Inequality in health and in the provision and quality of health care services is a key policy issue internationally , in the UK as a whole , and in Scotland in particular [9, 10]. Inequalities in health and health care are both closely linked to socio-economic deprivation , which in Scotland is concentrated in the west, especially in and around Glasgow . In such areas of high deprivation, the concentration of health and social problems within families and the concentration of such families within practices result in levels of need and demand which place substantial and continuous pressures on primary health care teams. In such areas, primary care is often characterised by higher consultation rates, shorter consultation times and a larger list of problems to address within the consultation  and GPs report limiting influences of time  and stress [6, 13].
Given the current political focus on inequalities in health care, there is a surprising lack of research on patients' views on the definition and determinants of consultation quality in the more deprived communities. In the present study we report these views, based on a qualitative investigation in an area of high deprivation in Glasgow.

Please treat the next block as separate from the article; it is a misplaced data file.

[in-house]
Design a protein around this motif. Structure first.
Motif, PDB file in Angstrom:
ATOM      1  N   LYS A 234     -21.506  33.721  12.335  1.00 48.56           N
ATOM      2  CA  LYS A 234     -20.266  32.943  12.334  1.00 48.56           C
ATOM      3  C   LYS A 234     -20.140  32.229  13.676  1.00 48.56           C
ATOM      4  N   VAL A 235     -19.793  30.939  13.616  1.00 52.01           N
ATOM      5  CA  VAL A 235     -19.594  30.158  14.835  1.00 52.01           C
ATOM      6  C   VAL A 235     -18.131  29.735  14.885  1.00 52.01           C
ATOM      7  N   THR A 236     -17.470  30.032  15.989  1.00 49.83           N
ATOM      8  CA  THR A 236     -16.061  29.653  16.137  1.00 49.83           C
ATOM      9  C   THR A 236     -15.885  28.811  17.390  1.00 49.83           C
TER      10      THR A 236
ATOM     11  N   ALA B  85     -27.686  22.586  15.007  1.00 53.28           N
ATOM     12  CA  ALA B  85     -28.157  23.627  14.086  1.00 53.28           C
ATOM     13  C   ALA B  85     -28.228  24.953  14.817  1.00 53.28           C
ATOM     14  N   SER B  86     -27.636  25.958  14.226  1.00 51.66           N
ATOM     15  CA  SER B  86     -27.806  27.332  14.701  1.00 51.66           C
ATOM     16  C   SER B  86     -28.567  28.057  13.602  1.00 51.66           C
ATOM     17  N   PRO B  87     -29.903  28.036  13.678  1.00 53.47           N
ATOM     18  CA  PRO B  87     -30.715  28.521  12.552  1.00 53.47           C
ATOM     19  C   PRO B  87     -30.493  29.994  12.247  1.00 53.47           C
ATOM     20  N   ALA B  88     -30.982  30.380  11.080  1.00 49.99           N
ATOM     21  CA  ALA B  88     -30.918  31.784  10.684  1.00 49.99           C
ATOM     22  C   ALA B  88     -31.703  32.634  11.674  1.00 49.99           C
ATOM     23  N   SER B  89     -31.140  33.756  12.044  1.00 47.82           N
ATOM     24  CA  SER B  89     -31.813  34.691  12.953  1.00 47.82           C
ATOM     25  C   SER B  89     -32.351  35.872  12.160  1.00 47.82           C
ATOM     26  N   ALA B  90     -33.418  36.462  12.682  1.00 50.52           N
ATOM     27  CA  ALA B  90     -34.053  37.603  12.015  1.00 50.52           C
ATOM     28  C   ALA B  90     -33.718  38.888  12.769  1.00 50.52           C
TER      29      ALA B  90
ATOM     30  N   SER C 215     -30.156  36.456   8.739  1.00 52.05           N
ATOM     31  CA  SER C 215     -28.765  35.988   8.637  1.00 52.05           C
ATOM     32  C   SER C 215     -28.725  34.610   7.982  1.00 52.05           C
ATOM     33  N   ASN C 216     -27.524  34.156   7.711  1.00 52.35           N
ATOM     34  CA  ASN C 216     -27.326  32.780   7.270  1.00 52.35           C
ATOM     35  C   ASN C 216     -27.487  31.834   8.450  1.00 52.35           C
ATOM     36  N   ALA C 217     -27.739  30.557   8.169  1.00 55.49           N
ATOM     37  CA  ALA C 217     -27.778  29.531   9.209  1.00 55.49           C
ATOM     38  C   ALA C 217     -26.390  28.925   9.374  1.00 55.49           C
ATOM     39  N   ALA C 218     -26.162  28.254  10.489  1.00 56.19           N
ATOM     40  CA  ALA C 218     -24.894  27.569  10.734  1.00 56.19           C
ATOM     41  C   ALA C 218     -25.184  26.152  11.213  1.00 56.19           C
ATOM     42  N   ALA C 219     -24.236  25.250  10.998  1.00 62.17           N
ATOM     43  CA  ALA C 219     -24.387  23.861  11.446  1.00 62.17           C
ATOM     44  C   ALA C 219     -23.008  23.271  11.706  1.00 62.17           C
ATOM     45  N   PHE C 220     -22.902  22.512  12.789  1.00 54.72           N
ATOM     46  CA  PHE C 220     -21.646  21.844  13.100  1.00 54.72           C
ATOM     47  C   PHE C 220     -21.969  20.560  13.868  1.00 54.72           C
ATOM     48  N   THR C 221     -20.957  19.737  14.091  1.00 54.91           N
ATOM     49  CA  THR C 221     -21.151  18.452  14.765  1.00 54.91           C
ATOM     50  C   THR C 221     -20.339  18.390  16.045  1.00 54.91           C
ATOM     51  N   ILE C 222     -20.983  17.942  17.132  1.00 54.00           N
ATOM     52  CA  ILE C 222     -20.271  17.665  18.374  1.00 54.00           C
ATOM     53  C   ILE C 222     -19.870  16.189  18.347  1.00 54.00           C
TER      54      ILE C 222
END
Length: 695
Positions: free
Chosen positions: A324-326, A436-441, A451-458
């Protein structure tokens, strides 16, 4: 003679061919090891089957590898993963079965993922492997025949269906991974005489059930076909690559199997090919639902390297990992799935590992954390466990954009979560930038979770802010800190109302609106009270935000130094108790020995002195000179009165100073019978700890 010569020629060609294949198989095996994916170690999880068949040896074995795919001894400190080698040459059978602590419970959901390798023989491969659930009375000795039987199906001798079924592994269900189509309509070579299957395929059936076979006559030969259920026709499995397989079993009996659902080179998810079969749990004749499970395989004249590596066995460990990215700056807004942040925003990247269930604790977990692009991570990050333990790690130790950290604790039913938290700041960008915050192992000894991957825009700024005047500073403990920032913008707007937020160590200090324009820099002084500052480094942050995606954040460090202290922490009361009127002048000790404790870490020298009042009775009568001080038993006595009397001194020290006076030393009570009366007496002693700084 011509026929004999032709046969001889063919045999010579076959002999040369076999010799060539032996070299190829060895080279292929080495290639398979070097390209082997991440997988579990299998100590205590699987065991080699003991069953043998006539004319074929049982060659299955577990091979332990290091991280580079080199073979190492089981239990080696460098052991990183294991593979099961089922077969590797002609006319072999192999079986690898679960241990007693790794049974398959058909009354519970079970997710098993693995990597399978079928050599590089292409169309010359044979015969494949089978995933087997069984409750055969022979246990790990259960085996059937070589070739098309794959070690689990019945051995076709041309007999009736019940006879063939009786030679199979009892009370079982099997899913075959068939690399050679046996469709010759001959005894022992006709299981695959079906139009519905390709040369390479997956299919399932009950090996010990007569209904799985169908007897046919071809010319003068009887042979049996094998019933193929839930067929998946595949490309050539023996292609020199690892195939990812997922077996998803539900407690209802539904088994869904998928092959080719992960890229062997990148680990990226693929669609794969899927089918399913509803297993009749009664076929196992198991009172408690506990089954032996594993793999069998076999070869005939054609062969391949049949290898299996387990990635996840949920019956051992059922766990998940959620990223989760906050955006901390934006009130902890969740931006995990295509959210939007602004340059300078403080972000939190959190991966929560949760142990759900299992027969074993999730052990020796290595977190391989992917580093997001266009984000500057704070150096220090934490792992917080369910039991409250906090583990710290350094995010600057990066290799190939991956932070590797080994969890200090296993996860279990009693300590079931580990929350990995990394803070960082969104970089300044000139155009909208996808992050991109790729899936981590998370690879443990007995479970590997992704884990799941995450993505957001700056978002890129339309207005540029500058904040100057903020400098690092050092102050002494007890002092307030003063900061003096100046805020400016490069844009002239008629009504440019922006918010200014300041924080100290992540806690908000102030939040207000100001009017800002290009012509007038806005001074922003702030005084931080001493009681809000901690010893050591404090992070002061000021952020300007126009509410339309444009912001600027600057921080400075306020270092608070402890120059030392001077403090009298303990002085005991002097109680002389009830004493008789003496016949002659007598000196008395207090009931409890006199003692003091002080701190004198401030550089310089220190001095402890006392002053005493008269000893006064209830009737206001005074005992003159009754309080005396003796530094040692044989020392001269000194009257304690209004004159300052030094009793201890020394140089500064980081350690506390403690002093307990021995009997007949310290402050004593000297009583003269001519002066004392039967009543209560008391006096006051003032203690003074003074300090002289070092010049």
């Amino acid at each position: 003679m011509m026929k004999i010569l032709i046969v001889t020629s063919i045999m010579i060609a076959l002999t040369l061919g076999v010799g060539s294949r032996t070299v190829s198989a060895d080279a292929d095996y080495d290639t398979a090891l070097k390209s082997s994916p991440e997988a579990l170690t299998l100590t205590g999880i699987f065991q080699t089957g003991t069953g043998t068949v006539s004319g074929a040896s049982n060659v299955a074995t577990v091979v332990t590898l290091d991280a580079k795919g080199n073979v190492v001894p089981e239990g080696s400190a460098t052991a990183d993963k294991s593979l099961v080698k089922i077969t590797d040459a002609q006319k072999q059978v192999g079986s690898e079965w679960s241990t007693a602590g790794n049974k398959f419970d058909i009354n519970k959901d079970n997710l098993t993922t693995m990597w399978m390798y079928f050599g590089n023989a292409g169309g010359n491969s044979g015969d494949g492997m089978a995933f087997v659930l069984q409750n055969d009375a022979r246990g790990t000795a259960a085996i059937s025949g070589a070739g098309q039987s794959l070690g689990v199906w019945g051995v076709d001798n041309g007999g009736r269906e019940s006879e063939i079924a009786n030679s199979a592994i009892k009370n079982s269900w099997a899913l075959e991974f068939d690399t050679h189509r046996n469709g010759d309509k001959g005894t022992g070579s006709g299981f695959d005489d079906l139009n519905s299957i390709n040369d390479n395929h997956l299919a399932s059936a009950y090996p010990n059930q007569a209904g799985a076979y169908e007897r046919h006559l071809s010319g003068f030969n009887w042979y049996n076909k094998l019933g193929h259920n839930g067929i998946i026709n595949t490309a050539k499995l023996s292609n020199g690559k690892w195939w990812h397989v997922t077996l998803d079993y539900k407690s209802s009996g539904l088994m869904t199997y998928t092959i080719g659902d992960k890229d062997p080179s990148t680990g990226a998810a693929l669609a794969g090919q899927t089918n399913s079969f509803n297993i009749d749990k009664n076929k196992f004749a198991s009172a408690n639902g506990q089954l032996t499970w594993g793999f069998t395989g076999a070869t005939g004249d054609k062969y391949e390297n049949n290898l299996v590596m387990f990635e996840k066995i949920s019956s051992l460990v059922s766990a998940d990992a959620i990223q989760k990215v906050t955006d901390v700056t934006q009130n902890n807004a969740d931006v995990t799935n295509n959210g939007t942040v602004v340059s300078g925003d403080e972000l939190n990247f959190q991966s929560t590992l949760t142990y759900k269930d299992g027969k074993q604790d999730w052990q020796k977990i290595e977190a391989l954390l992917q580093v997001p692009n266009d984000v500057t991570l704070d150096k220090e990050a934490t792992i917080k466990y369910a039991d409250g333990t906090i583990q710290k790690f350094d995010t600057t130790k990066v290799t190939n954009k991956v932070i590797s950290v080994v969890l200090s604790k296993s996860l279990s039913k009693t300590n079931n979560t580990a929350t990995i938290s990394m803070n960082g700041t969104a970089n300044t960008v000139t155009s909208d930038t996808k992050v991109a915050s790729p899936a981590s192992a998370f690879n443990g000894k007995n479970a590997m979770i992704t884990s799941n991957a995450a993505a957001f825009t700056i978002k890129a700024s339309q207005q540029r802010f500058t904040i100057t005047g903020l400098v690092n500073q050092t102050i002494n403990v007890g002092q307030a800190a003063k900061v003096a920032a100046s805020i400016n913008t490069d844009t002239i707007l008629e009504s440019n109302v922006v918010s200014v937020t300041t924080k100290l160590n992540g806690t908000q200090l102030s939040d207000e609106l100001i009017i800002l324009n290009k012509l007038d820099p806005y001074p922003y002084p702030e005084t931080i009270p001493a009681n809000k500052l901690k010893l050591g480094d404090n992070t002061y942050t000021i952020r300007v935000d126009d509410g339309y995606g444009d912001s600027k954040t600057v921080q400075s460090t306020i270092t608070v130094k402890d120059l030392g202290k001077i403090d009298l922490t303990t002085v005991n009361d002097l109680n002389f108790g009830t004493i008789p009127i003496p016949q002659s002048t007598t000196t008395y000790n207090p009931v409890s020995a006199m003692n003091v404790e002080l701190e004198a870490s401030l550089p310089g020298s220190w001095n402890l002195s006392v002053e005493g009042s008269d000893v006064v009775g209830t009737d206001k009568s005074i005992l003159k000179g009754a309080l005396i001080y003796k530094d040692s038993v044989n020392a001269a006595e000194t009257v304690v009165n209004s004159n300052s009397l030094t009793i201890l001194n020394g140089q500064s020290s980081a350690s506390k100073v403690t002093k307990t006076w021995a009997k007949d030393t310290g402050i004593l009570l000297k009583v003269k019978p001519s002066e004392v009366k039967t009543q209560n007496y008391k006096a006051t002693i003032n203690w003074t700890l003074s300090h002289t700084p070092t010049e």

The analysis and results presented here are part of a wider action research project that aimed to improve the quality of healthcare services in a deprived area through participation with the local communities. Full details of the full study are being reported in a separate paper (Cawston P et al, submitted for publication). Ethical approval was obtained for the study from Greater Glasgow Primary Care Trust Research Ethics Committee and all participants gave their informed consent. The study was led by a part-time clinical academic (PC) as part of a masters degree in primary care. He was supervised by a senior non-clinical academic with expertise in qualitative research and focus groups. Four local residents were also an active part of the research team. The study was set in the locality served by a 'Local Health Care Co-operative', a small primary care organisation (PCO) in a peripheral housing estate in Glasgow, Scotland. The area covers a population of 22,700 people who are recorded as having high levels of socio-economic deprivation. The majority (53%) of people registered with the PCO are classified as being in the highest deprivation category in Scotland (DEPCAT 7) and all the practices within the local health centre are in the upper quintile of deprivation (based on mean patient deprivation score) within the health board area (Greater Glasgow and Clyde) (D.Mackay, University of Glasgow, personal communication). Standardised mortality in the area is considerably higher than the national average. PC also works as a part-time GP in the locality.